Stéphane Corcuff is a political scientist trained in Sinology and Geopolitics. When he is not on sabbatical research in Taipei, he is also a professor at Lyon Institute of Political Studies and lecturer at Paris’ National Institute of Oriental Languages and Civilizations. When we visited the CEFC, Taipei branch, Stéphane explained some conclusions from his past research leading up to his current program of study based around identity politics in Taiwan and the geopolitics of Taiwan since the 17th century. He draws a parralel between Zheng Keshuang (鄭克塽) - the grandson of Koxinga (鄭成功) - who was briefly the leader of Taiwan (1681-83), and the incumbent President of the ROC, Ma Ying-jeou. He then uses this historical context to analyse the policies and consequences of the current Kuomintang regime.

Furthermore, for the past 15 years, Stéphane has been conducting research focused on the Mainlander population in Taiwan. His research leads him to consider the Mainlanders not as an ethnic group but a population of distinct collective identifications. Here Stéphane rounds up a tumultuous 20 years for Mainlanders  in Taiwan, since Lee Teng-hui (李登輝) split from the Kuomintang and so called process of 'desinicisation' began, before showing the identity consequences this has had for the 'Mainlanders'.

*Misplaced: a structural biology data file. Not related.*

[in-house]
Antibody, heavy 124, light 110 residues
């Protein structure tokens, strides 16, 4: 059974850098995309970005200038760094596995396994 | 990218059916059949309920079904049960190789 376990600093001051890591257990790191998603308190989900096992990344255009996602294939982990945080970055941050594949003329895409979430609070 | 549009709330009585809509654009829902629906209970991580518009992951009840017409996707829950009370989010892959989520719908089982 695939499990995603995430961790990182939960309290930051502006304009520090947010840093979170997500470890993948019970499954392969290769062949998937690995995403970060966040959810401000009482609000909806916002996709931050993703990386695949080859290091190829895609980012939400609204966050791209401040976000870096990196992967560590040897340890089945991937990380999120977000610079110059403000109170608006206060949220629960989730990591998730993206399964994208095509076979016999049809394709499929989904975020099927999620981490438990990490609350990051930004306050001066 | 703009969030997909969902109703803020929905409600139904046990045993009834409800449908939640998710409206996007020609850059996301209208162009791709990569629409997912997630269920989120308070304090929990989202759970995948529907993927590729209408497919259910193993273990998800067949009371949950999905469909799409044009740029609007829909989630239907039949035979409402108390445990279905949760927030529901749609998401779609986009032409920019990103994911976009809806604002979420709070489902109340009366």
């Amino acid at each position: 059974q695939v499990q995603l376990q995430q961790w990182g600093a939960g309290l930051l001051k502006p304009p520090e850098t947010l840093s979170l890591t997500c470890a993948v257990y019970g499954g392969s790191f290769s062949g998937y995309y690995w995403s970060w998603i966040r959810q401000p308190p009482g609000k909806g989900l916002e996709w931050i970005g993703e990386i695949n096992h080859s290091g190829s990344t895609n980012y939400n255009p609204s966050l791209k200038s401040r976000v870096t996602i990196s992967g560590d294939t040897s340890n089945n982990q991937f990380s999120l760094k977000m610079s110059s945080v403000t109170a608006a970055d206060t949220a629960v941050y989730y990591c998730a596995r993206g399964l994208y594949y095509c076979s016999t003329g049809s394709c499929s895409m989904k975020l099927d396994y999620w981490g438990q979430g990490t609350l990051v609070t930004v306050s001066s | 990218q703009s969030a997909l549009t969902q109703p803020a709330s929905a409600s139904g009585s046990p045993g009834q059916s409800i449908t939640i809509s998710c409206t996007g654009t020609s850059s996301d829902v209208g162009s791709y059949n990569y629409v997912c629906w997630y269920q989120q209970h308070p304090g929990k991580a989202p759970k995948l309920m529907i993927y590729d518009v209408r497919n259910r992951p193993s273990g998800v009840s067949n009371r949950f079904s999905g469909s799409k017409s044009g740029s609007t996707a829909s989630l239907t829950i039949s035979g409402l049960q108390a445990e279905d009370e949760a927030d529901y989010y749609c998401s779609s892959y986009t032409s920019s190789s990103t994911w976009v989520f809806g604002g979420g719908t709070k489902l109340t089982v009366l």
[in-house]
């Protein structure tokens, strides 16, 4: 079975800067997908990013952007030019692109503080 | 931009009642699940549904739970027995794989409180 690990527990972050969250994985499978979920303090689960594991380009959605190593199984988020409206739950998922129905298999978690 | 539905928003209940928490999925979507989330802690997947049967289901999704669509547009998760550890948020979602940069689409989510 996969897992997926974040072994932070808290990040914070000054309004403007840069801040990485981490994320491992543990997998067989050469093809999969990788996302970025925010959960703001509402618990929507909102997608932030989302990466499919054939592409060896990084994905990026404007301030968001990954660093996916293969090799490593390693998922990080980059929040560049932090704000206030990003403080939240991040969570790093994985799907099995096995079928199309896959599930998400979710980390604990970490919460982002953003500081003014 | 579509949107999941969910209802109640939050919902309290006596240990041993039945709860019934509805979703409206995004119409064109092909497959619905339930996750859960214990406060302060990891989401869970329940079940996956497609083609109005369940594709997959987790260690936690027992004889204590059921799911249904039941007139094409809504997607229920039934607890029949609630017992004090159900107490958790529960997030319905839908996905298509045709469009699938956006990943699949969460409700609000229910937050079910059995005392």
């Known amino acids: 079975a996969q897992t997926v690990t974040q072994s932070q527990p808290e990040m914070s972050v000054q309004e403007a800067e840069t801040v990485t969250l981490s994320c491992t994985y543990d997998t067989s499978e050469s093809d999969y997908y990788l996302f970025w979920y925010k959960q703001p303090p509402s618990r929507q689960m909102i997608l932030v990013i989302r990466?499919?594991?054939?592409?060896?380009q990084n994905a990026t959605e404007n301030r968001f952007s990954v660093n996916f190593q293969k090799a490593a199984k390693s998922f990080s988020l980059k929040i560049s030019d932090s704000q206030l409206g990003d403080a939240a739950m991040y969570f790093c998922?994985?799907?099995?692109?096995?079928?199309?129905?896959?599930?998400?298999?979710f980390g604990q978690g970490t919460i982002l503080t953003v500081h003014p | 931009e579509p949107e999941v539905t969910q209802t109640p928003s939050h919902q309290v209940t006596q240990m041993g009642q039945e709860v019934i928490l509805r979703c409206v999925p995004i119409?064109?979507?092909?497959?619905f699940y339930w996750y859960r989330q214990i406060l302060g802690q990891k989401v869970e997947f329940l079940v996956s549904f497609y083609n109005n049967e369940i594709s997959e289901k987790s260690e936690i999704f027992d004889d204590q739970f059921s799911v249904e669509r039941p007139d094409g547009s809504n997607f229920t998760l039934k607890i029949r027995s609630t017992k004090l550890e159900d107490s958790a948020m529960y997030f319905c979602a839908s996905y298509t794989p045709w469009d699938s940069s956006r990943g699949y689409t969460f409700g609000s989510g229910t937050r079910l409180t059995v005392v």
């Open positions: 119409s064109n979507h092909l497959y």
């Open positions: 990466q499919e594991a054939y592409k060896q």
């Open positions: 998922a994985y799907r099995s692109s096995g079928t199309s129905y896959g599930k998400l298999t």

Stéphane Corcuff's latest book has been published this month "Zhonghua linguo / Neighbor of China. Taiwan's liminality" Taipei, Yunchen, 2011, 250 p. (Chi: Zhonghua linguo. Taiwan yujingxing / Fr: Zhonghua linguo / Pays riverain de la Chine. La liminalité de Taiwan). If you were interested in this content, Stéphane's latest book provides his most comprehensive compiling yet of his research on Taiwan's 'liminality'. Stéphane's publications can be found and downloaded at "Web de la doc" de Sciences-po Lyon or Association Francophone d'Etudes Taiwanaises. Stéphane is committed to bringing a higher level of sensory interactivity into his academia. Below is an interactive multimedia image of his current research program.